Bodega Owners Add Plant-Based Menu Options



The Plantega menu at Eighth Ave. Gourmet Deli in Chelsea. Photo: Anna Phillips

Bodegas, or small grocery stores, are crucial to the New York City food system. There are more than 13,000 citywide, according to Bloomberg CityLab. Many New Yorkers head to their local shop daily, often because of convenience and low prices. But bodega food is generally not the healthiest and rarely vegan, leaving customers who are trying to avoid meat and dairy with few options.

“I think a bodega is as much of the lifeline of New York City as the subway system is. They’re not only convenient, they’re essential,” said Nil Zacharias, CEO and co-founder of new plant-based food company, Plantega. “In some neighborhoods, that’s the only place you can get food.”

Noah Mosleh owns Eighth Ave. Gourmet Deli in Chelsea. He said he started offering vegan options through Plantega two months ago to draw customers in. “I need customers to stay steady in my business,” he said.

Like many New York City bodegas, Mosleh said Eighth Ave. Gourmet Deli struggled during the pandemic. He said he managed to keep the business afloat with a Paycheck Protection Program loan but has been desperate for business. Though the profit margins are lower for the vegan menu because Plantega takes a portion, Mosleh said the menu is still worth it.

“So far, for people buying the Plantega menu, about 25% are existing customers. And then the rest are new customers,” said Mosleh. “When the customers come in for Plantega, they end up buying other food and drinks too, so it helps me a lot.”

Plantega has partnered with plant-based food brands, such as Beyond Meat, to bring vegan food options to 15 bodegas throughout New York City, including four in Midtown. The company, which launched in November of last year, creates a menu of made-to-order sandwiches and grocery items to sell in traditional bodegas. Zacharias said he hopes it will help combat the inequities in the food system.

“The sustainable food movement and plant-based foods are growing exponentially, yet people who needed access to it broadly were not necessarily getting it,” he said. “Most of it is available largely in big box grocery stores or natural stores or in farmer’s markets and perhaps in online retailers. But by virtue of doing that, there are certain groups of people that are just excluded from the whole process, either because geographically that doesn’t work for them or because of the price point.”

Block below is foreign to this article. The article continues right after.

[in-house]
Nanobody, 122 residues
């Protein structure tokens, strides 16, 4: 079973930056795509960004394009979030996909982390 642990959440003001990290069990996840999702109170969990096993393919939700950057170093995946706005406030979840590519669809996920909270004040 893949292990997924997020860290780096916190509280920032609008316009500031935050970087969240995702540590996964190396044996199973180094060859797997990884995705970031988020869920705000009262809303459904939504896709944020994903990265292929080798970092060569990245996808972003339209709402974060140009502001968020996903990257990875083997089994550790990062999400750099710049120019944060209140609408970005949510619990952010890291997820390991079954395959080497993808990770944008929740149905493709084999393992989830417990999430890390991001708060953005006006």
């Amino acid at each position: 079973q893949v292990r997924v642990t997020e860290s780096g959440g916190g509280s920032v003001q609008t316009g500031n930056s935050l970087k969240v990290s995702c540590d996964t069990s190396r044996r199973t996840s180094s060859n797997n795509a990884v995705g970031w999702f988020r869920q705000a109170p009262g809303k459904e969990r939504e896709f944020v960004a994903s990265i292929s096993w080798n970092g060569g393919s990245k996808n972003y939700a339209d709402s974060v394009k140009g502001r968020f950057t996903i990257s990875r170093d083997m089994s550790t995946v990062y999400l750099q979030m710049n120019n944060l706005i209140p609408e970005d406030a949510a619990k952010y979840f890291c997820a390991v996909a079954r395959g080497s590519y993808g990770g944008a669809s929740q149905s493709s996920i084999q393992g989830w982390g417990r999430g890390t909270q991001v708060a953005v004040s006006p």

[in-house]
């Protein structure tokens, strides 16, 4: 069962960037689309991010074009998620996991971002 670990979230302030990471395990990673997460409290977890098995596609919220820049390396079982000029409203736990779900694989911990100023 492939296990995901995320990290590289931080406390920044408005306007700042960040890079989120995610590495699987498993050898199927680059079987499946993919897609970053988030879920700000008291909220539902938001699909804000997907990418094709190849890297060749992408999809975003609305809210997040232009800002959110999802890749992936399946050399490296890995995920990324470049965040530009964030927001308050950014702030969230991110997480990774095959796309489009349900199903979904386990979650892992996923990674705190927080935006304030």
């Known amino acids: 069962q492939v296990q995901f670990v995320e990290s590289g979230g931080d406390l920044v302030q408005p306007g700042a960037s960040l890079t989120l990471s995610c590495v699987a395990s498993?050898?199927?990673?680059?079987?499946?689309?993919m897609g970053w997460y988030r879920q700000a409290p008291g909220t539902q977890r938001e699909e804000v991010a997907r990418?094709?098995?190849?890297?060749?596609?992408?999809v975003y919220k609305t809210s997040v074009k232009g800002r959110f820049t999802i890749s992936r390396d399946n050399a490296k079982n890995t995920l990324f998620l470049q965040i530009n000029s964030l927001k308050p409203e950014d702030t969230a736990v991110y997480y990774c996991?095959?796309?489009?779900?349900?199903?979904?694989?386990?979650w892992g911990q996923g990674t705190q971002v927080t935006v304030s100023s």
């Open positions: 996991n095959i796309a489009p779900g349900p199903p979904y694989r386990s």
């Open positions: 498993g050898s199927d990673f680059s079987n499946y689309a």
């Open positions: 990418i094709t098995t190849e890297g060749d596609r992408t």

Eating red and processed meat is linked to increased risk for colon cancer, type 2 diabetes and cardiovascular disease, according to a Harvard University study. And according to the United Nations Food and Agriculture Organization, the livestock industry is a major contributor to climate change, accounting for 14.5% of greenhouse gas emissions. In recent years, many consumers have switched to a plant-based diet to avoid the health and climate impacts of eating animal products. But prices for vegan products are still higher than the alternatives, sometimes excluding lower income shoppers.

Vidal Alhadae owns Silver Moon Deli in Washington Heights. Like Mosleh, he said he added the Plantega menu a few months ago to appeal to customers.

“Plantega has a lot of their own customers, so it has brought new customers in,” said Alhadae. The new menu has been doing really well, especially the sausage, egg and cheese and the chopped cheese, which are bodega classics.”

But even with the addition of Plantega, many New Yorkers are still barred by price. A regular bacon, egg and cheese at Silver Moon Deli costs $3.50, while the Plantega option costs $8. According to Census data, 31.5% of Washington Heights households receive food assistance benefits, compared to the city average of 19.8%. Alhadae explained that Plantega’s higher cost might turn customers back to the bodega falafel.

Vegan egg product, Just Egg is used in Plantega sandwiches and sold separately as a grocery item. A 12 ounce Just Egg container costs $3.99, while a similar quantity of a dozen eggs cost $1.48 on average, according to database company Statista. Eat Just, the San Francisco-based producer of Just Egg, said the price was already lowered from $7.99, when it first launched in 2019. The company said it hopes to continue to lower the price over time.

“The way that we’ve been able to do that is by increasing production efficiencies. So being able to scale up and more efficiently produce the key ingredients like the mung bean protein. And if we can produce the ingredients and ultimately manufacture the finished product more efficiently, that brings down the cost,” said Andrew Noyes, head of global communications at Eat Just.

Eat Just currently sources mung bean from Africa and Asia. Noyes said the company would likely be able to lower prices if they could source mung bean from North America.

Despite the current price differences, Zacharias said he believes Plantega plays a pivotal role in increasing food accessibility for all demographics.

“Bodegas are the great equalizer in New York City,” he said. “We want everyone to have the option when they’re walking down the street in their neighborhood to grab a quick bite that happens to be better for them and better for the planet.”